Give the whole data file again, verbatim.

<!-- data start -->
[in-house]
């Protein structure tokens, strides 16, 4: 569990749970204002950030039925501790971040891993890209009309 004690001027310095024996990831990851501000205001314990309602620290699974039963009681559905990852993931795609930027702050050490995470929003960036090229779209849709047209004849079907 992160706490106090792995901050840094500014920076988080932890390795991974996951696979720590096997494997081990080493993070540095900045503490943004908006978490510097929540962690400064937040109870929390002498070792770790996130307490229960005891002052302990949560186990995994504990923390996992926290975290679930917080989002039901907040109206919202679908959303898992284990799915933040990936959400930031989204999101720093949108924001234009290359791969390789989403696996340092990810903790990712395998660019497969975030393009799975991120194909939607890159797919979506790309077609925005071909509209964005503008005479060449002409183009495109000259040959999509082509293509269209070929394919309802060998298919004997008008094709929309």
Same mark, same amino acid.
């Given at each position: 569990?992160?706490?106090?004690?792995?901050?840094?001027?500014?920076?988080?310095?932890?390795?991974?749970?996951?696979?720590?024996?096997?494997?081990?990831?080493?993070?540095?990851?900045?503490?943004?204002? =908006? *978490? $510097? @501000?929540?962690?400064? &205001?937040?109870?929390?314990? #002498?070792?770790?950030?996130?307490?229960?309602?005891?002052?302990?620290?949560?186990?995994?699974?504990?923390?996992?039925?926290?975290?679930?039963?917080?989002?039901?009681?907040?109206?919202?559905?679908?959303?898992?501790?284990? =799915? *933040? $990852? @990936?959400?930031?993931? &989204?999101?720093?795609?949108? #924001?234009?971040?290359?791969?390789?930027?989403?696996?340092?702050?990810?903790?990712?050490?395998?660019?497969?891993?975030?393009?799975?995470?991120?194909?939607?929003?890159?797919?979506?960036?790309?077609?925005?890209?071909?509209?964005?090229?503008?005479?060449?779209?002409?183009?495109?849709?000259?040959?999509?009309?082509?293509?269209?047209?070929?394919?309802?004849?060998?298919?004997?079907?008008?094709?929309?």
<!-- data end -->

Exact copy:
[in-house]
């Protein structure tokens, strides 16, 4: 569990749970204002950030039925501790971040891993890209009309 004690001027310095024996990831990851501000205001314990309602620290699974039963009681559905990852993931795609930027702050050490995470929003960036090229779209849709047209004849079907 992160706490106090792995901050840094500014920076988080932890390795991974996951696979720590096997494997081990080493993070540095900045503490943004908006978490510097929540962690400064937040109870929390002498070792770790996130307490229960005891002052302990949560186990995994504990923390996992926290975290679930917080989002039901907040109206919202679908959303898992284990799915933040990936959400930031989204999101720093949108924001234009290359791969390789989403696996340092990810903790990712395998660019497969975030393009799975991120194909939607890159797919979506790309077609925005071909509209964005503008005479060449002409183009495109000259040959999509082509293509269209070929394919309802060998298919004997008008094709929309």
Same mark, same amino acid.
């Given at each position: 569990?992160?706490?106090?004690?792995?901050?840094?001027?500014?920076?988080?310095?932890?390795?991974?749970?996951?696979?720590?024996?096997?494997?081990?990831?080493?993070?540095?990851?900045?503490?943004?204002? =908006? *978490? $510097? @501000?929540?962690?400064? &205001?937040?109870?929390?314990? #002498?070792?770790?950030?996130?307490?229960?309602?005891?002052?302990?620290?949560?186990?995994?699974?504990?923390?996992?039925?926290?975290?679930?039963?917080?989002?039901?009681?907040?109206?919202?559905?679908?959303?898992?501790?284990? =799915? *933040? $990852? @990936?959400?930031?993931? &989204?999101?720093?795609?949108? #924001?234009?971040?290359?791969?390789?930027?989403?696996?340092?702050?990810?903790?990712?050490?395998?660019?497969?891993?975030?393009?799975?995470?991120?194909?939607?929003?890159?797919?979506?960036?790309?077609?925005?890209?071909?509209?964005?090229?503008?005479?060449?779209?002409?183009?495109?849709?000259?040959?999509?009309?082509?293509?269209?047209?070929?394919?309802?004849?060998?298919?004997?079907?008008?094709?929309?």